A short period of global ischemia results in the death of selected subpopulations of neurons. Some advances have been made in understanding events which might contribute to the selectivity of this damage but the cellular changes which culminate in neuronal death remain poorly defined. This overview examines the metabolic state of tissue in the post-ischemic period and the relationship of changes to the development of damage in areas containing ischemia-susceptible neurons. During early recirculation there is substantial recovery of ATP, phosphocreatine and related metabolites in all brain regions. However, this recovery does not signal restitution of normal energy metabolism as reductions of the oxidative metabolism of glucose are seen in many areas and may persist for several days. Furthermore, decreases in pyruvate-supported respiration develop in mitochondria from at least one ischemia-susceptible region at times coincident with the earliest histological evidence of ischemia-induced degeneration. These mitochondrial changes could simply be an early marker of irreversible damage but the available evidence is equally consistent with these contributing to the degenerative process and offering a potential site for therapeutic intervention.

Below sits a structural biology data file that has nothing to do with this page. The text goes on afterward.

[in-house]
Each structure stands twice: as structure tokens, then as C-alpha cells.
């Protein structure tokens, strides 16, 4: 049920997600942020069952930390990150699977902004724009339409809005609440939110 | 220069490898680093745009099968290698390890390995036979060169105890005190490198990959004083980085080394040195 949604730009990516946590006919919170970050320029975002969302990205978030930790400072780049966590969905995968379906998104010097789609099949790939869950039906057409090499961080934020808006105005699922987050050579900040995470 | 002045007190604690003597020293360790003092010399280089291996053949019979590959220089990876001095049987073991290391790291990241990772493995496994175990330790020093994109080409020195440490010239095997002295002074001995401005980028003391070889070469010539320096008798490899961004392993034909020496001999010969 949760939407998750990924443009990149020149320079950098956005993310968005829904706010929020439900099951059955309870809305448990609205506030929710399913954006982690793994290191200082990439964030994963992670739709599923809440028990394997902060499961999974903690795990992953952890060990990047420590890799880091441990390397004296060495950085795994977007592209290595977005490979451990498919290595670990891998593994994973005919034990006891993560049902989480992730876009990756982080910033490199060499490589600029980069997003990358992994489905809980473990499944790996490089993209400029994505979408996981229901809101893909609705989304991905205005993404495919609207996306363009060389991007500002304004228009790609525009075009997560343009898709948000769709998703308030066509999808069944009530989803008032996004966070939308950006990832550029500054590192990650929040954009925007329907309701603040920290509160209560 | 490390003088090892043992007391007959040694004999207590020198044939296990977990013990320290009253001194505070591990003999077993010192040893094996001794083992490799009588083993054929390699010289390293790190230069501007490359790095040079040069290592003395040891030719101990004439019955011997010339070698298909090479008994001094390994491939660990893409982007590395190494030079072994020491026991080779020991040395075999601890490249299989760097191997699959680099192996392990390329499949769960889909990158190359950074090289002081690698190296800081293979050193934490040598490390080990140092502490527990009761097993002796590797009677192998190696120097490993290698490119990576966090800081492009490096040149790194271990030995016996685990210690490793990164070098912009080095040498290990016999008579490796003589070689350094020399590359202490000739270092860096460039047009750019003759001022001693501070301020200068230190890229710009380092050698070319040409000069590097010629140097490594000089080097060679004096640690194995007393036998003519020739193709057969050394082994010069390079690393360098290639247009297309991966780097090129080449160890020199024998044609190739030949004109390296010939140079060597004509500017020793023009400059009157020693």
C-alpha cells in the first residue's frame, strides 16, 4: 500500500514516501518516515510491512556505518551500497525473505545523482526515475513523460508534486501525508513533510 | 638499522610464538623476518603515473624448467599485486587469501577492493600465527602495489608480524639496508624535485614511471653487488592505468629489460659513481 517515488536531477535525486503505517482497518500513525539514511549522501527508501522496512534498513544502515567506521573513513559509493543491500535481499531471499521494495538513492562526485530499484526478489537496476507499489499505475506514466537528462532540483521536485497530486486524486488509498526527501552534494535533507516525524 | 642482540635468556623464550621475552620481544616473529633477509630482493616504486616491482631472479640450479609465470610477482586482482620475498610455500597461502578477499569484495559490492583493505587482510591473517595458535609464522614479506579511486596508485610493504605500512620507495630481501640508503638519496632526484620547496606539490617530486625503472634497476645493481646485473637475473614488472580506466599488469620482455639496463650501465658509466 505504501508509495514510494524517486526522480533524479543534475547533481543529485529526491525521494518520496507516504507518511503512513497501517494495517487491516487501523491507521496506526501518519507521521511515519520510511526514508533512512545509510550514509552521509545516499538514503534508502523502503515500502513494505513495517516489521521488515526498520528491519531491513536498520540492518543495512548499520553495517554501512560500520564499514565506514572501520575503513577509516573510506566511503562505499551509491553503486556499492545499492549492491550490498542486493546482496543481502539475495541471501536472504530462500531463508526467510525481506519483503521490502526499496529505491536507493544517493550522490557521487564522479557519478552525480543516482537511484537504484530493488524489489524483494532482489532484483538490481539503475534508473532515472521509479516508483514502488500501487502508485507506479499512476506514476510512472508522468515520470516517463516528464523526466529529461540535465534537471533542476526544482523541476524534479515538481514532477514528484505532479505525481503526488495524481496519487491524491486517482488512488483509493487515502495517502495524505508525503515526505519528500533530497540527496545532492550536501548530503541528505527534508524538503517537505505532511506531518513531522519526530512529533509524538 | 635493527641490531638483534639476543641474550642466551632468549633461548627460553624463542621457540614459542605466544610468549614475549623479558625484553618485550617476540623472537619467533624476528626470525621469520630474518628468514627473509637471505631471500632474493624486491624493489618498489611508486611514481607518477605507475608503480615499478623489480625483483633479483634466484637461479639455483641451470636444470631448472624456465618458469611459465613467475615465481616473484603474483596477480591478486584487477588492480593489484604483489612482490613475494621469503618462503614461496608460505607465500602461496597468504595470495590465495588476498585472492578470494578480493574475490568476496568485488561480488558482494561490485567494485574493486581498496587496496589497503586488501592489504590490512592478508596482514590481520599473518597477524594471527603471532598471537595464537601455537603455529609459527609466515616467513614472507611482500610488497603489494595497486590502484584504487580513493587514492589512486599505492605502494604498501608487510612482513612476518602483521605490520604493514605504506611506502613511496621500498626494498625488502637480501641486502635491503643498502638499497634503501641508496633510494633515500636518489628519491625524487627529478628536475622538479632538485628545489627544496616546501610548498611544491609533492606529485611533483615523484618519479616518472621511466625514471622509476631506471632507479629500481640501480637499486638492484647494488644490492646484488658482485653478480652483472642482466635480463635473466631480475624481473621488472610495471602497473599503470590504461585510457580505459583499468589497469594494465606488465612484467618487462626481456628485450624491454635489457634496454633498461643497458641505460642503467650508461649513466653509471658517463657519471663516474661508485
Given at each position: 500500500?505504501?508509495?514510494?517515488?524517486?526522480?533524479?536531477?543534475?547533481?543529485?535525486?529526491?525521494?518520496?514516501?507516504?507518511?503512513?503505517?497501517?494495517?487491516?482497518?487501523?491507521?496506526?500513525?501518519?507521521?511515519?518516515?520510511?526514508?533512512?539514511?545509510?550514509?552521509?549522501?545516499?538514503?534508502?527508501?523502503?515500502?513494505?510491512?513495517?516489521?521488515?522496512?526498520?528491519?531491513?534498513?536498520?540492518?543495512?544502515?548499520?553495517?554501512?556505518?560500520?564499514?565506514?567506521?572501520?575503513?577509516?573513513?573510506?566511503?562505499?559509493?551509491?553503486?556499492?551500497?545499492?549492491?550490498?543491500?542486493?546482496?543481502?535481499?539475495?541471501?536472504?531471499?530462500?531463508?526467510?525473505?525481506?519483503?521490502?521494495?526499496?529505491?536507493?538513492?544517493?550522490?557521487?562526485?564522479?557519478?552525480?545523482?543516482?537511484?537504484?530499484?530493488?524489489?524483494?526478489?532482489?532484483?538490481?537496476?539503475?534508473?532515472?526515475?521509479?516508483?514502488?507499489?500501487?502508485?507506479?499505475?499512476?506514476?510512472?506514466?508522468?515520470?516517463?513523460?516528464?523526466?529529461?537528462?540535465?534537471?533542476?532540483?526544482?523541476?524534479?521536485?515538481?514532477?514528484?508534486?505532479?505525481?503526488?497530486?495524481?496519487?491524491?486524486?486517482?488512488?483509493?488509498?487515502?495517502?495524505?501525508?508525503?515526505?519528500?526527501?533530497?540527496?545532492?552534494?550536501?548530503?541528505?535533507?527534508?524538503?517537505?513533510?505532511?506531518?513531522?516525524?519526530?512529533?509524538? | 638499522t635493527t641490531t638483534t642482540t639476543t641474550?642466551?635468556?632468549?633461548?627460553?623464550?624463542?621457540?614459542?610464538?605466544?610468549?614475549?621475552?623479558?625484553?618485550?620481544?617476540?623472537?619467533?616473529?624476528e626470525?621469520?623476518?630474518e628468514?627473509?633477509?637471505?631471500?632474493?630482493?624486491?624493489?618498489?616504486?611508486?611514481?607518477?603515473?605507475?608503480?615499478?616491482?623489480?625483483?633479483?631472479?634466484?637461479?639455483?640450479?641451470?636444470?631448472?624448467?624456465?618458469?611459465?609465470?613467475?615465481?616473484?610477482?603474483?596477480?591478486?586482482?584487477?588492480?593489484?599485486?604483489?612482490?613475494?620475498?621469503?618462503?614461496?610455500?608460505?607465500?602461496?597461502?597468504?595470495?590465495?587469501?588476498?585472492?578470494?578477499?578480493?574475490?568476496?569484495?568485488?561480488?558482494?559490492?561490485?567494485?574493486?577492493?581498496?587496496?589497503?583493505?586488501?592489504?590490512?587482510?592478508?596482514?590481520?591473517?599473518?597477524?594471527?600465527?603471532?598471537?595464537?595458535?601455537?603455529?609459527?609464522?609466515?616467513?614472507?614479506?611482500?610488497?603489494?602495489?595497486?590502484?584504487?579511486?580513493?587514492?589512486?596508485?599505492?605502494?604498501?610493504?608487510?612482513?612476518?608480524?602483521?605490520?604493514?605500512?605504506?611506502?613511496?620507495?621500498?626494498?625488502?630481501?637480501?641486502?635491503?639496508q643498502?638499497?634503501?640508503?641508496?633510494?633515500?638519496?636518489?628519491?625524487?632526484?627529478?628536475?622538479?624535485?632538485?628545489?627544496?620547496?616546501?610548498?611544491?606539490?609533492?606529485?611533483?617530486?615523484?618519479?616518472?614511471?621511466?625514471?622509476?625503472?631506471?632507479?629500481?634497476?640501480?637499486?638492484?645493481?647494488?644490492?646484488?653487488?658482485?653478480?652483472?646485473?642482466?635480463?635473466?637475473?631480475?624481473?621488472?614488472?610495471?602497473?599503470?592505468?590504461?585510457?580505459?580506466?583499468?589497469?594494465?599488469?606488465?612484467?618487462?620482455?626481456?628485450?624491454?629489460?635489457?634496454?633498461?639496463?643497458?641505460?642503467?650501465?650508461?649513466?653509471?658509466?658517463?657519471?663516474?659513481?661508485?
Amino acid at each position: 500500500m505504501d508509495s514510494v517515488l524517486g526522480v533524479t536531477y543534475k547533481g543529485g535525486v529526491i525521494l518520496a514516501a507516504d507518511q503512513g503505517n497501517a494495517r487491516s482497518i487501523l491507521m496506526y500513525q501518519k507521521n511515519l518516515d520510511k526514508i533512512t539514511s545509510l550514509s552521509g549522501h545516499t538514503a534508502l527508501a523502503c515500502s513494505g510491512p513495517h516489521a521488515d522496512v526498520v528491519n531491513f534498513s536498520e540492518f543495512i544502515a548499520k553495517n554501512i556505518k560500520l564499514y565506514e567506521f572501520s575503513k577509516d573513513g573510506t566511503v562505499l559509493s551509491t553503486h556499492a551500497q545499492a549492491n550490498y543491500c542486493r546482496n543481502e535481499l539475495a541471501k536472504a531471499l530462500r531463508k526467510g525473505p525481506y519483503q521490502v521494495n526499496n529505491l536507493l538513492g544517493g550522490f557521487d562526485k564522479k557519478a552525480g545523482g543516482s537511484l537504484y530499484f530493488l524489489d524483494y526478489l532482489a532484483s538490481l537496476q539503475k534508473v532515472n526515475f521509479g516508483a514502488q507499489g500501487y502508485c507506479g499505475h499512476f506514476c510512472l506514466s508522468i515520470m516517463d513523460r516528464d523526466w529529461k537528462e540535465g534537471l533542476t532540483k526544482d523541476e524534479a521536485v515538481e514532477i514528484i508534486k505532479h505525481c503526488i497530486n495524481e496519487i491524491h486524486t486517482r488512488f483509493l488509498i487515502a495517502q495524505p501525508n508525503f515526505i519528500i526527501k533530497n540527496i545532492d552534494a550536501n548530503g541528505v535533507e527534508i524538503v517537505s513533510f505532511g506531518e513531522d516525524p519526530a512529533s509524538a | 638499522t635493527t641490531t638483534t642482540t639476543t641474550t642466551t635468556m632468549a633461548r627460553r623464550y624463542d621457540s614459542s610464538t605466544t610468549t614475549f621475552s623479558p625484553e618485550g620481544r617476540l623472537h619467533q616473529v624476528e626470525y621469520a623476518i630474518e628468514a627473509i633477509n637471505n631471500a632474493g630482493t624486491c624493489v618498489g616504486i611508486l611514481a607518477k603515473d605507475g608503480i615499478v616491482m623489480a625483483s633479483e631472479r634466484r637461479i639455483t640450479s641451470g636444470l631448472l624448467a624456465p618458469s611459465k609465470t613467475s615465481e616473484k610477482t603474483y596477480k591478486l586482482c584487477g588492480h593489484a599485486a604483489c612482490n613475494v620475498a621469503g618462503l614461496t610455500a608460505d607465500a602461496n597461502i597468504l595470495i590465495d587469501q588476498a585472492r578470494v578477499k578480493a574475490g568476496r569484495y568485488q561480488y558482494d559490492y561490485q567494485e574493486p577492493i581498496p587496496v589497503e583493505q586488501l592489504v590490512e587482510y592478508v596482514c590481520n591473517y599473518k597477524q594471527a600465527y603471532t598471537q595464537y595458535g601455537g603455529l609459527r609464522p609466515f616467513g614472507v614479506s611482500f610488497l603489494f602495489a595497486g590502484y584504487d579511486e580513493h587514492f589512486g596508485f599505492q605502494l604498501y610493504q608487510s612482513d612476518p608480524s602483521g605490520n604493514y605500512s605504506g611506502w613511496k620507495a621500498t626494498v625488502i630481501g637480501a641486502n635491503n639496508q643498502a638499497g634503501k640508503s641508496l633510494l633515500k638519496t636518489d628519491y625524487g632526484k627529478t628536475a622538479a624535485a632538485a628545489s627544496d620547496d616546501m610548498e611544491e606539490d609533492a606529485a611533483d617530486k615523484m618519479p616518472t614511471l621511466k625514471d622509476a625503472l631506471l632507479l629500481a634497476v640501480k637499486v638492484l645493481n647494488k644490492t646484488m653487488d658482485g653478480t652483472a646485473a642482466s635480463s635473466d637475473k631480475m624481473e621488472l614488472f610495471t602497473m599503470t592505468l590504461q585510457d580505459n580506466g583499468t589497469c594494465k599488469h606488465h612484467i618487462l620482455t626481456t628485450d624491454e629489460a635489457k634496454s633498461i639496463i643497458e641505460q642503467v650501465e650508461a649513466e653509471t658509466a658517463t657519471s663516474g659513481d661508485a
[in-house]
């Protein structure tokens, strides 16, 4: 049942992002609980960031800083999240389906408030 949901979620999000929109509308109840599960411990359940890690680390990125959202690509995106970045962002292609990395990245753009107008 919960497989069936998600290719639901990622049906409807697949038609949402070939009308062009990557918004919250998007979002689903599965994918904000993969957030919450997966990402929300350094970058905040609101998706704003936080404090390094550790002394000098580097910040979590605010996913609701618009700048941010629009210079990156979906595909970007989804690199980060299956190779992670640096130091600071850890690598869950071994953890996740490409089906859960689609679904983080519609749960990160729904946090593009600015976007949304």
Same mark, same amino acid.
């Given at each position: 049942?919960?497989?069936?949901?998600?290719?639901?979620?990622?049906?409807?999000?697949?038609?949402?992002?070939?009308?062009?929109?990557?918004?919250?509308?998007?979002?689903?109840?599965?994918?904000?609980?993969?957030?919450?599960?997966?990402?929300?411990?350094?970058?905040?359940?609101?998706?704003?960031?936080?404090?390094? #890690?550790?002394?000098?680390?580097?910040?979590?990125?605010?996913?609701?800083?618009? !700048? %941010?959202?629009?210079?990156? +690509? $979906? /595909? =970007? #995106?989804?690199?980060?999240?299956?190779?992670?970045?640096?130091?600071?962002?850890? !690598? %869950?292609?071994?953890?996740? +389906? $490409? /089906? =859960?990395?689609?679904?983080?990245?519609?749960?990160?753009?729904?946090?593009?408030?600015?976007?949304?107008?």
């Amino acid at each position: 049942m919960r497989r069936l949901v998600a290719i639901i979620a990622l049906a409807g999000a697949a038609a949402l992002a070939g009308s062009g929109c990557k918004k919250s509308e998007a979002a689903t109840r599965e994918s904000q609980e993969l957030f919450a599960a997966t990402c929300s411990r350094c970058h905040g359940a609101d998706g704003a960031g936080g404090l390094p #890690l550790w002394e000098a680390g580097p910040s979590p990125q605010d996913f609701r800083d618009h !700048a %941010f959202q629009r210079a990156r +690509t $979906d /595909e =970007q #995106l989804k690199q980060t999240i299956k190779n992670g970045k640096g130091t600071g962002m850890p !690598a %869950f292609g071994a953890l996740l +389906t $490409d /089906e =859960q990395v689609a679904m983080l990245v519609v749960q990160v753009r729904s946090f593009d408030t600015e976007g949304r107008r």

|Number of pages||9|
|Publication status||Published - Sep 1992|
Copyright 2007 Elsevier B.V., All rights reserved.
- energy metabolism
- glucose metabolism
- neuronal degeneration